Weber’s approach was not monistic, for he acknowledged that while Puritan religious ideas had had a major influence on the development of economic order in Europe and United States, they were not the only significant factor. Others included rationalism in scientific pursuits, merging observation with mathematics, precision of scholarship and jurisprudence, together with systematization of government administration and economic enterprise. In the end, the study of the Protestant ethic, according to Weber, merely revealed one phase of the the larger process of emancipation from the magical world view. This process yielded that disenchantment of the world that he regarded as the distinguishing peculiarity of the Western culture we know today.
The monograph forms an integral part of Weber's criticisms of Karl Marx and his theories. While Marx held, generally speaking, that all human institutions--including religion--were the product of economic factors, The Protestant Ethic turns this theory on its head by implying that a religious movement fostered capitalism, not the other way around.
What has been the fate of this century-old book? In fact, Max Weber’s theory of the role that Protestantism, especially Calvinism, played in the development of capitalism in Western Europe has had a profound effect on the thinking of sociologists and historians. This effect was not limited to the 20th century, but continues today.
Criticism has flowed from all sides. Yet the effect of these criticisms has not been to demolish the book, but rather to demonstrate its continuing vitality as an instrument for beginning to think about one of the most important problems of our own times, that is. the uneven distribution of economic prosperity throughout the world.
Some scholars hold that Weber misunderstood the views of Benjamin Franklin. As Weber was not an Americanist, that may well be the case. However his larger point--that ideas that are of religious origin may continue to circulate in disguised form--seems valid.
Other criticisms go to his assertion that modern capitalism could not have come to fruition in Europe without an ethic or spirit which had its roots in ascetic Protestantism. Thus it has been pointed out that the seeds of capitalism may be found in medieval Catholic Europe. This is indeed true, but whether these trends could have come to full flower without the intervention of the Reformation must remain uncertain--perhaps improbable.
Others hold that the driving force behind capitalism was not asceticism but rationality. The question then becomes, what is the origin of this rationality? One can certainly observe the use of rational methods of argument in the writings of Thomas Aquinas and other Scholastic thinkers. However, rationalism reached is full flower in Western Europe only in the 17th century, after the wars of religion that ensued in the wake of the Reformation had made clear the futility of dogmatic suppression of dissent--at least in some quarters of northern Europe, witness careers of Spinoza, Hobbes, and Descartes.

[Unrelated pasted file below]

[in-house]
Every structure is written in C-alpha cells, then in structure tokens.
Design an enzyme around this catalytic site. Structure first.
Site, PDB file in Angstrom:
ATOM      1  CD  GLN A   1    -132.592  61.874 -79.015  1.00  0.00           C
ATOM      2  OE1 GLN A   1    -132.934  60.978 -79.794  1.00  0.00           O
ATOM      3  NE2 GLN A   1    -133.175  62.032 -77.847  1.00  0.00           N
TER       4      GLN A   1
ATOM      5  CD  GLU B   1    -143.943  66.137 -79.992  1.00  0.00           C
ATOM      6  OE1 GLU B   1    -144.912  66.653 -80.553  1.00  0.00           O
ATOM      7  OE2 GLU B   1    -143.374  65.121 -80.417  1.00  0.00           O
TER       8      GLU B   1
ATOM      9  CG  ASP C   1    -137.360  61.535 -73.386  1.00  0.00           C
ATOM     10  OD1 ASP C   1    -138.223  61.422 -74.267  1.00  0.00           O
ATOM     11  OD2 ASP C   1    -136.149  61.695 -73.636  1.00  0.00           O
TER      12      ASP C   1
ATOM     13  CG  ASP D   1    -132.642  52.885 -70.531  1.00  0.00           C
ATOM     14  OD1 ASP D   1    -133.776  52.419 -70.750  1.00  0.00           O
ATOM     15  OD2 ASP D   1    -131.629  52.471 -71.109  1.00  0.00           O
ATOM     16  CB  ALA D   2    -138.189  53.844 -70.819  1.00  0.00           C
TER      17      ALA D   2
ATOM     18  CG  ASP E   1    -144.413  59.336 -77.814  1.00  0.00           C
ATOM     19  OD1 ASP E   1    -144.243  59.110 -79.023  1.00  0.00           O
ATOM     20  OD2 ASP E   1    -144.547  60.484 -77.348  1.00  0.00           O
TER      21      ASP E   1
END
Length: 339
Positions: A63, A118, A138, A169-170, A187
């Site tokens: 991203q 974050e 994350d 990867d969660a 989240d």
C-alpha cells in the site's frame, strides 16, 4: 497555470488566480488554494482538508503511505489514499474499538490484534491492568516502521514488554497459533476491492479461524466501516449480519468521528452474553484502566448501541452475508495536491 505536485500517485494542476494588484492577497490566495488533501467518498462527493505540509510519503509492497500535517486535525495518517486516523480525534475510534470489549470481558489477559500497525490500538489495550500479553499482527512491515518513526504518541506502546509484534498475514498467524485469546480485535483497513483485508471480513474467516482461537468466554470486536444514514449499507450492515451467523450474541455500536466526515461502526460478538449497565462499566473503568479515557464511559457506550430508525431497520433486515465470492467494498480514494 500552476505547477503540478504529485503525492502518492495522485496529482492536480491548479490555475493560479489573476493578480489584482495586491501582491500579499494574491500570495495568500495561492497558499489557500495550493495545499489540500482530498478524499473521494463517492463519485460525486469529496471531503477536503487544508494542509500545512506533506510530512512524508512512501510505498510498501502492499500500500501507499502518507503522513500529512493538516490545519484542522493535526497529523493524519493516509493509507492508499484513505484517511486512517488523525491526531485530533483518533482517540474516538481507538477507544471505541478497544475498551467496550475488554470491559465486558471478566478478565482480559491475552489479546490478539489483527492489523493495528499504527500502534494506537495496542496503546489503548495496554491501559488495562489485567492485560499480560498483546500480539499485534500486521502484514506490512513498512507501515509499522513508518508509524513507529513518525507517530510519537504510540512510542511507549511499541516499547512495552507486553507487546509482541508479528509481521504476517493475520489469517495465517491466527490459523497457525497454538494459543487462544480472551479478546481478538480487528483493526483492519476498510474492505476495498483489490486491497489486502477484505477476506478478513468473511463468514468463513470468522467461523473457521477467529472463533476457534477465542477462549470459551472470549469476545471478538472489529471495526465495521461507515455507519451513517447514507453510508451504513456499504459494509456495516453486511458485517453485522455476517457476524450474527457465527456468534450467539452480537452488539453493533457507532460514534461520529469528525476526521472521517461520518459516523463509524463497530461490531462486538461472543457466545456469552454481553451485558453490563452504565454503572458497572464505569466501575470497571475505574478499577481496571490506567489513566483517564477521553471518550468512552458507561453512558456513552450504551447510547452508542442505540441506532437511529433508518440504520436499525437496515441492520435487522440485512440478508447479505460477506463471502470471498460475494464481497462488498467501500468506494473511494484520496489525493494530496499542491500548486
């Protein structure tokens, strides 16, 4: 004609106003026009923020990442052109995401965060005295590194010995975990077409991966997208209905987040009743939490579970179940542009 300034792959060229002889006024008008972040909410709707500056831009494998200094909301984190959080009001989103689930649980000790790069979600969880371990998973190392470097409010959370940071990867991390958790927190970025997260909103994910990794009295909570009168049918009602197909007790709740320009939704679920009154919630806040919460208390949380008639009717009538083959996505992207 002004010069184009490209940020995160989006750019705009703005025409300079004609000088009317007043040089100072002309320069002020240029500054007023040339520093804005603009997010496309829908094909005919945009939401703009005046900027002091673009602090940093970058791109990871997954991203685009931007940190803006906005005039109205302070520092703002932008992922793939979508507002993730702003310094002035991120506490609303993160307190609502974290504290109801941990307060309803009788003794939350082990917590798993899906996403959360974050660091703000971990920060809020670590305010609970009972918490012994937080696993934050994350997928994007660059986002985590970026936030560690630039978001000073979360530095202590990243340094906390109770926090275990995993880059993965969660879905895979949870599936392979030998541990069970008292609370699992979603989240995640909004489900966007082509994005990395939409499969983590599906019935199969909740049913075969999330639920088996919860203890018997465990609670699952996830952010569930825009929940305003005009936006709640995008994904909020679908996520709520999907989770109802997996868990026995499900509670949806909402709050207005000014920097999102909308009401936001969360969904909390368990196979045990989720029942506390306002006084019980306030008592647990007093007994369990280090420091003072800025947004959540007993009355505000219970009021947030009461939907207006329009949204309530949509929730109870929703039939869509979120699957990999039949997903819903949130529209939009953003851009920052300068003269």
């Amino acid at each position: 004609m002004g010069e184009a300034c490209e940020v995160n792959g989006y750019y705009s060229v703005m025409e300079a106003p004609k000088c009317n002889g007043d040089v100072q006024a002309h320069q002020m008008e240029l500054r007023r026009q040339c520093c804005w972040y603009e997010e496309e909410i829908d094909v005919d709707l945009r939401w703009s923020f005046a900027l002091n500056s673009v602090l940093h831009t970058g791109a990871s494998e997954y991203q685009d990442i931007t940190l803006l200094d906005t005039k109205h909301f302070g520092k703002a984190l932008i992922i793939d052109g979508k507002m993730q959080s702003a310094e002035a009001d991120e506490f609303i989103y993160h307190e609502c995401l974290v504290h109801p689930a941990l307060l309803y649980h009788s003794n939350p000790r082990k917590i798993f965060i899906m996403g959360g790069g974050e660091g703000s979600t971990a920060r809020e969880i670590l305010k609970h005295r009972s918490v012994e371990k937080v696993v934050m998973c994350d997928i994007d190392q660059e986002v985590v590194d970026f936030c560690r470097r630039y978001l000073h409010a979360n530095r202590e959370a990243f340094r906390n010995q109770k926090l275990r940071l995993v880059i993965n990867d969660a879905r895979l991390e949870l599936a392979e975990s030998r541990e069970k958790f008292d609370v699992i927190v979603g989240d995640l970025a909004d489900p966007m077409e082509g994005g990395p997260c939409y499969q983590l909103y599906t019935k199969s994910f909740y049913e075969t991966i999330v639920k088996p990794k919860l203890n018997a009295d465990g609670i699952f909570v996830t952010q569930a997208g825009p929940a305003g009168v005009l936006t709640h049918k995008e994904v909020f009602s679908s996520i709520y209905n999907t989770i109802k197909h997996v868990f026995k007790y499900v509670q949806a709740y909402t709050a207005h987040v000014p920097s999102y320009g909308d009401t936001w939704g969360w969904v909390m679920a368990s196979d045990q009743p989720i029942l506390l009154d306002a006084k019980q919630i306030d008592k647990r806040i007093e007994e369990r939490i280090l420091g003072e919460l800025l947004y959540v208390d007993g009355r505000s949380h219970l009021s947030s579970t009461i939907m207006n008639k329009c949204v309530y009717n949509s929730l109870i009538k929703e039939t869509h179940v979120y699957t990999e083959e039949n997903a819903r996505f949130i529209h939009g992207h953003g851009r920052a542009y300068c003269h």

The economic historian Jacob Viner has pointed to an instance that seems a significant exception to Weber’s thesis. Pre-18th-century Scotland was a relatively backward country, despite its adoption of Calvinism in the form of the Presbyterian Church. One might argue, though, that the effect was merely delayed. Indeed, a Scotsman, Adam Smith, emerged as the most persuasive analyst of “the spirit of capitalism,” and indeed its actual workings.
Perhaps the most serious criticism of Weber stems from his Eurocentrism. He made a special study of the economic history of China and Japan, concluding that those countries were destined to remain backward because they were not Protestant. The failure of this prediction would appear to be damning.
Yet it is not if we enlarge the bounds of the Weber thesis into a general theory. This theory posits the role of various religions in fostering economic prosperity. It is noteworthy that the countries in Asia that have achieved the greatest economic prosperity--Japan, China, South Korea, Taiwan, and Singapore--are all countries that share a heritage that combines Buddhism and Confucianism. Buddhism supplies asceticism and sefl-denial, with Confucianism complementing it through the emphasis on this-worldly bonds of family and clan. This mixture seems to function in Asia in a way that is analogous to Protestantism in Europe. Where these elements are lacking, as in the Philippines and Indonesia, economic backwardness persists. Thailand, to be sure, has Buddhism but (apparently) no Confucianism. Closer inspection shows that economic progress in Thailand is due mainly to “Chi-Thais,” ethnic Chinese who have settled there.
Nor is the fact that mainland China is officially Communist an obstacle to the application of the broader version of the Weber thesis proposed here. As we have seen with the case of Benjamin Franklin, Max Weber recognized that elements of the religious orientation could survive in secularized form.
What then about the advance of India? So far this has been a much more uneven process. Nonetheless, the Indian phenomenon probably reflects the role of certain high castes, especially the Brahmins, whose self-denying ethos shows significant similarities with that of Protestant asceticism. There is also the role of numerically small minorities, such as the relatively sparse Parsis, who follow the Persian faith of Zoroaster. Finally, one cannot discount the role of the (mainly Protestant) British colonialists. India is the only large nonwhite country of the former British empire to have successfully replicated the concepts of democracy and the rule of law promoted by its imperial overlords. It may well be that economic progress also reflects, at a remove to be sure, the Protestant values long cherished at home by the former colonizing power.
Returning to the question raised at the outset of this essay, religion is often a hindrance to economic advance. But not always. In various parts of the world, including most significantly East Asia, it has served to promote economic success.